The City of Cape Town’s Manenberg infill housing project, at a cost of approximately R123 million, is set to start during May 2016. For years, an all-female project steering committee has been playing an intricate role behind the scenes to ensure that this project, in one of the most volatile areas in the metro, can become a reality.
Construction of the 587 subsidized units is expected to commence soon and it is foreseen to take approximately three years to completion.
The progress of the project will, however, depend strongly on the support from the community and the innovative and determined approaches deployed in seeing the project through.
“This area is incredibly volatile, largely as a result of the high levels of gangster-ism and drug-related crime. It is therefore not just a simple task of building subsidized units. We are fully aware that we will face some hardships and uphill battles along the way because of the volatility of this area but we will not be deterred”.
“Additional measures will be put in place, including the employment of a local neighborhood watch. Provision has also been made for the erection of perimeter fencing in an effort to secure the site and the continuity of the project. In addition, we are engaging with local leaders in the area in an attempt to mobilize the community behind the project. Success will only be achieved it we work together”.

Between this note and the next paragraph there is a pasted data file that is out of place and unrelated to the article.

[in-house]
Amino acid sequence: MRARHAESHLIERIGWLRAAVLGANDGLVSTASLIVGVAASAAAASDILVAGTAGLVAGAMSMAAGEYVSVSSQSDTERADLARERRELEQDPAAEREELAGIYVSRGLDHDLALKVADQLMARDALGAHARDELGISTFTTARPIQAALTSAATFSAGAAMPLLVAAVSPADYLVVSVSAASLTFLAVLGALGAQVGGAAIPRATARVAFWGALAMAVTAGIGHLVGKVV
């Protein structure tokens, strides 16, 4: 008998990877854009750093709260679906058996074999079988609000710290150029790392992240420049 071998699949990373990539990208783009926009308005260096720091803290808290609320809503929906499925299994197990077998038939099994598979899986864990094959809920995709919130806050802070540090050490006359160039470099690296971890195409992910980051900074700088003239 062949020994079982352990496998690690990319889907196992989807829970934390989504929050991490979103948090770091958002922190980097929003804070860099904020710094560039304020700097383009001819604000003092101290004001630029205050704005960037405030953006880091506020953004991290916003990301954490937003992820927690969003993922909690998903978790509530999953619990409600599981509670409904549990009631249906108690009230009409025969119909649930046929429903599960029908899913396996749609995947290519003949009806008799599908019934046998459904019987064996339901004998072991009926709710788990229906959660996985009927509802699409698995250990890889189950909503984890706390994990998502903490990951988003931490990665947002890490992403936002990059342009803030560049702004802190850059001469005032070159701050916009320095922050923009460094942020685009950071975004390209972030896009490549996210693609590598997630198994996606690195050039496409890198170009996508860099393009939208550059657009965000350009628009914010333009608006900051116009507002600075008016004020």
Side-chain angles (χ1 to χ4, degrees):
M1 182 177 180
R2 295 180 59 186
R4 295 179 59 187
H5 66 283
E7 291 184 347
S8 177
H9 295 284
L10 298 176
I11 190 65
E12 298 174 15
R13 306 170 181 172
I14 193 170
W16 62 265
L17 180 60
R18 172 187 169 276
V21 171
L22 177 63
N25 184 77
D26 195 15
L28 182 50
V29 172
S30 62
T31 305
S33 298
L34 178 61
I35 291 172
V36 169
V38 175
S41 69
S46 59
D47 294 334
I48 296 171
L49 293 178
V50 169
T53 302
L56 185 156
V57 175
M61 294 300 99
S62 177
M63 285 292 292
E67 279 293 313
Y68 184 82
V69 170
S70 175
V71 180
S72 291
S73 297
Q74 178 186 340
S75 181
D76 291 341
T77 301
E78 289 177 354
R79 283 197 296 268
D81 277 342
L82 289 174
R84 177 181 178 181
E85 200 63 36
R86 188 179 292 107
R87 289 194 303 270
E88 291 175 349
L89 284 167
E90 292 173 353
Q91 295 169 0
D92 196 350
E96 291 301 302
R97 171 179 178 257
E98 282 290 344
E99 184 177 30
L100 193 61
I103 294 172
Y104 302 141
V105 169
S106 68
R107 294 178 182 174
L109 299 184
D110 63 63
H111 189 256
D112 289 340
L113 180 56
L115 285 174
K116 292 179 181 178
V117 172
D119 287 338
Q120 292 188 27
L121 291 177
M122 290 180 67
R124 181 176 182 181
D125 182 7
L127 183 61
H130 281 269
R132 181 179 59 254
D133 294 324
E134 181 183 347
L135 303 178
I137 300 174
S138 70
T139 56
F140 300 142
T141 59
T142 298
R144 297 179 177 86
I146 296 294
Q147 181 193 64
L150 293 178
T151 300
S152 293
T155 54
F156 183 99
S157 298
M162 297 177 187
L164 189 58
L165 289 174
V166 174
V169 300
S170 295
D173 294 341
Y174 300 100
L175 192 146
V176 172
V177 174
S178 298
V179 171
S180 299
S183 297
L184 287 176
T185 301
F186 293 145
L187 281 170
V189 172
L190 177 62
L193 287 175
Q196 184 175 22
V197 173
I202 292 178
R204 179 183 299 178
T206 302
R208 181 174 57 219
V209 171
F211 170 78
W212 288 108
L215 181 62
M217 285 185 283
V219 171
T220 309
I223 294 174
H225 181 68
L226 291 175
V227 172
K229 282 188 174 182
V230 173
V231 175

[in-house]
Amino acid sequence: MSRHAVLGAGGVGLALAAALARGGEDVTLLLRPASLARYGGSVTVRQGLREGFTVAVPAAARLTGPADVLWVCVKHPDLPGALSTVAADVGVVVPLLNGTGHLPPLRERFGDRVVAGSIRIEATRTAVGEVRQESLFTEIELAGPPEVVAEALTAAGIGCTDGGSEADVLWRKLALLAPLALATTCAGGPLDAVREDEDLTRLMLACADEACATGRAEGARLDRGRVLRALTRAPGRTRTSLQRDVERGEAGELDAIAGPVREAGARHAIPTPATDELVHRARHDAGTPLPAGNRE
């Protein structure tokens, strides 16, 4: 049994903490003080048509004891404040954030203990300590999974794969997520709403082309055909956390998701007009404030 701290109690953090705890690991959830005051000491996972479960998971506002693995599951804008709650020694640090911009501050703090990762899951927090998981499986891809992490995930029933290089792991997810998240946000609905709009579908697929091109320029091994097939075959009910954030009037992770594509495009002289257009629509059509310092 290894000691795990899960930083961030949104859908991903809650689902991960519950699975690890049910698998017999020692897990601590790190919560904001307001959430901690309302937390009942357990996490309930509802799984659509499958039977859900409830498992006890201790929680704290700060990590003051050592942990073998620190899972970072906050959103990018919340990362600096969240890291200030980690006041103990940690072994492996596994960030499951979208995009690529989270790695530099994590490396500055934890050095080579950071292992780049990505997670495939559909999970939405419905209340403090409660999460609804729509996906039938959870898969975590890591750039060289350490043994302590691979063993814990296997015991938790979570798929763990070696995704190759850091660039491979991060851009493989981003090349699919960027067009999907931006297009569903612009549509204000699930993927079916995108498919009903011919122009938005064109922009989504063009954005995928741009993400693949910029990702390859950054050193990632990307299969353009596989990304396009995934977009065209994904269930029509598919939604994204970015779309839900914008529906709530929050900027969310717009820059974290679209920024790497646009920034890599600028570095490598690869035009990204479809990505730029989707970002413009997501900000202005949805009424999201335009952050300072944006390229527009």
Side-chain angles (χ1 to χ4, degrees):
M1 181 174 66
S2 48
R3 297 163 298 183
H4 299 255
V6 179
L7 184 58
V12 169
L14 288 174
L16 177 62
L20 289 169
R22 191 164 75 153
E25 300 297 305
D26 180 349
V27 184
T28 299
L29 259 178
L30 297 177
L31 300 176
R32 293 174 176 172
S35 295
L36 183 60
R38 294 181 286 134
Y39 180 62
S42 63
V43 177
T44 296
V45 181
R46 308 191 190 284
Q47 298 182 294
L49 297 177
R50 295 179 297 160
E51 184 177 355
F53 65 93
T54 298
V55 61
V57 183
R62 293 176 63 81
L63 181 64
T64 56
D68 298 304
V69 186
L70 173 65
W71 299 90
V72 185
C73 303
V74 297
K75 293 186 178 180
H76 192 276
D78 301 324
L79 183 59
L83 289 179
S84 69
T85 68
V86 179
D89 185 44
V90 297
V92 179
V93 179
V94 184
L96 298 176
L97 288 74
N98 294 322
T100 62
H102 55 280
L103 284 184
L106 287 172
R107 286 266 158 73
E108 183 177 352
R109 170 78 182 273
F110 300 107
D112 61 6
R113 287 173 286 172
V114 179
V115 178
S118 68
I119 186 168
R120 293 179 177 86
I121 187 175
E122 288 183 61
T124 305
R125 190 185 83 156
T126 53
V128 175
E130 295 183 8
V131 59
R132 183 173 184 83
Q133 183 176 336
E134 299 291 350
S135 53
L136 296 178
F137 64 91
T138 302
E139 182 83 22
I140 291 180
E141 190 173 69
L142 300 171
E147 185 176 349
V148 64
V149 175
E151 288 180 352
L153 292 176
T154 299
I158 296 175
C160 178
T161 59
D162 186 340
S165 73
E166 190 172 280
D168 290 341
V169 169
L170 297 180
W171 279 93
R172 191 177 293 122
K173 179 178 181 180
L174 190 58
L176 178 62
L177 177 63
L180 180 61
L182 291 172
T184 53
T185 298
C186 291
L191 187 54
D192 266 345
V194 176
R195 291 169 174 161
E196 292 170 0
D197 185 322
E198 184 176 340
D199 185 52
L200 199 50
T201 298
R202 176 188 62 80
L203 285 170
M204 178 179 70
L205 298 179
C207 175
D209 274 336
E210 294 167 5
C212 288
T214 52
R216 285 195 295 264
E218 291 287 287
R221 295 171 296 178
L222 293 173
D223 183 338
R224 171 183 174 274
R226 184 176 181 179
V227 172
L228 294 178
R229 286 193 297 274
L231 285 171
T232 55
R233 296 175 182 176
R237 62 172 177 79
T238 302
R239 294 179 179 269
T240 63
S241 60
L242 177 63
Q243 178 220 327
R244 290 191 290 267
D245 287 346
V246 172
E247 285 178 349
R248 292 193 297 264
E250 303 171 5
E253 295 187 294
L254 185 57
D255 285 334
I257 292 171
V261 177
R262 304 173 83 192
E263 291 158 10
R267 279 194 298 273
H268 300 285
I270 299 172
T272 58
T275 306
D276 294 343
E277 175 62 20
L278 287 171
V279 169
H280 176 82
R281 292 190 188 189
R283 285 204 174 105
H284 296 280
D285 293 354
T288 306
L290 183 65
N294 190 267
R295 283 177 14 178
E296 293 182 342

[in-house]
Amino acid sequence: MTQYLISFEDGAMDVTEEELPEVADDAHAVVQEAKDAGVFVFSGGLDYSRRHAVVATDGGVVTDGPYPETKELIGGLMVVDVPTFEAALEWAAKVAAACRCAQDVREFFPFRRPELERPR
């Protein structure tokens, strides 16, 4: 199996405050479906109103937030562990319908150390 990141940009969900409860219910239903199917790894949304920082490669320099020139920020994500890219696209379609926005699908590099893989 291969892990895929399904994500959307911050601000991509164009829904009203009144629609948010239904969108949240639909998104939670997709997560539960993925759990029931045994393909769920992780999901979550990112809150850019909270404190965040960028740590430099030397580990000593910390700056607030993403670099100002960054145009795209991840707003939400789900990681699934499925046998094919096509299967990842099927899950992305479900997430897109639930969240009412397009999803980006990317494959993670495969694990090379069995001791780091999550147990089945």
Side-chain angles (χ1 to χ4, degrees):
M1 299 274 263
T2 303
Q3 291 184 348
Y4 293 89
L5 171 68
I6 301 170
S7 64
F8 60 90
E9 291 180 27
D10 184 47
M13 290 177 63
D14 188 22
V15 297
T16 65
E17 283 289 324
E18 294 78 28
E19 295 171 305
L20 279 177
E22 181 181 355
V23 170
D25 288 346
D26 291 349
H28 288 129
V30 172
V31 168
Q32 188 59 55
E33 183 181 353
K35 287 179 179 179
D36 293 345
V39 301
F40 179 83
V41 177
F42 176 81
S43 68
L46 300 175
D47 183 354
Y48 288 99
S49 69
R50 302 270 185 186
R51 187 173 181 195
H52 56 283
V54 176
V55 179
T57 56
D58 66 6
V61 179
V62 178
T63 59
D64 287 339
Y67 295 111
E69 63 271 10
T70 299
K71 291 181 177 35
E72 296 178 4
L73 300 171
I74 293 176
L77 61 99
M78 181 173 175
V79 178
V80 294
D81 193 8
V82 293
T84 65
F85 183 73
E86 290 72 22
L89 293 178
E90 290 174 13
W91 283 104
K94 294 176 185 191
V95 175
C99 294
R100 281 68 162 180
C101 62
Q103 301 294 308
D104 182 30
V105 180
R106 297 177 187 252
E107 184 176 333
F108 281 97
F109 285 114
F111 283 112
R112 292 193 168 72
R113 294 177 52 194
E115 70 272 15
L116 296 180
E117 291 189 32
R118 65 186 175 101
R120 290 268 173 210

“One of our greatest advantages going forward will also be the strong leadership of our all-female project steering committee and we thank them for the role that they have played already” said the City’s Mayoral Committee Member for Human Settlements, Councillor Benedicta van Minnen.
Another unique feature of this project and one which aims to drive community ownership and to mobilise the community behind this project is the mural initiative. Unemployed youths are participating in a mosaic art training project which is currently under way. This four-month training project aims to provide unemployed youth with an opportunity to learn a skill that they can use to create opportunities for themselves.
The large-scale murals will eventually be applied to the housing units that face onto Govan Mbeki Drive. The murals celebrate the heritage of Manenberg.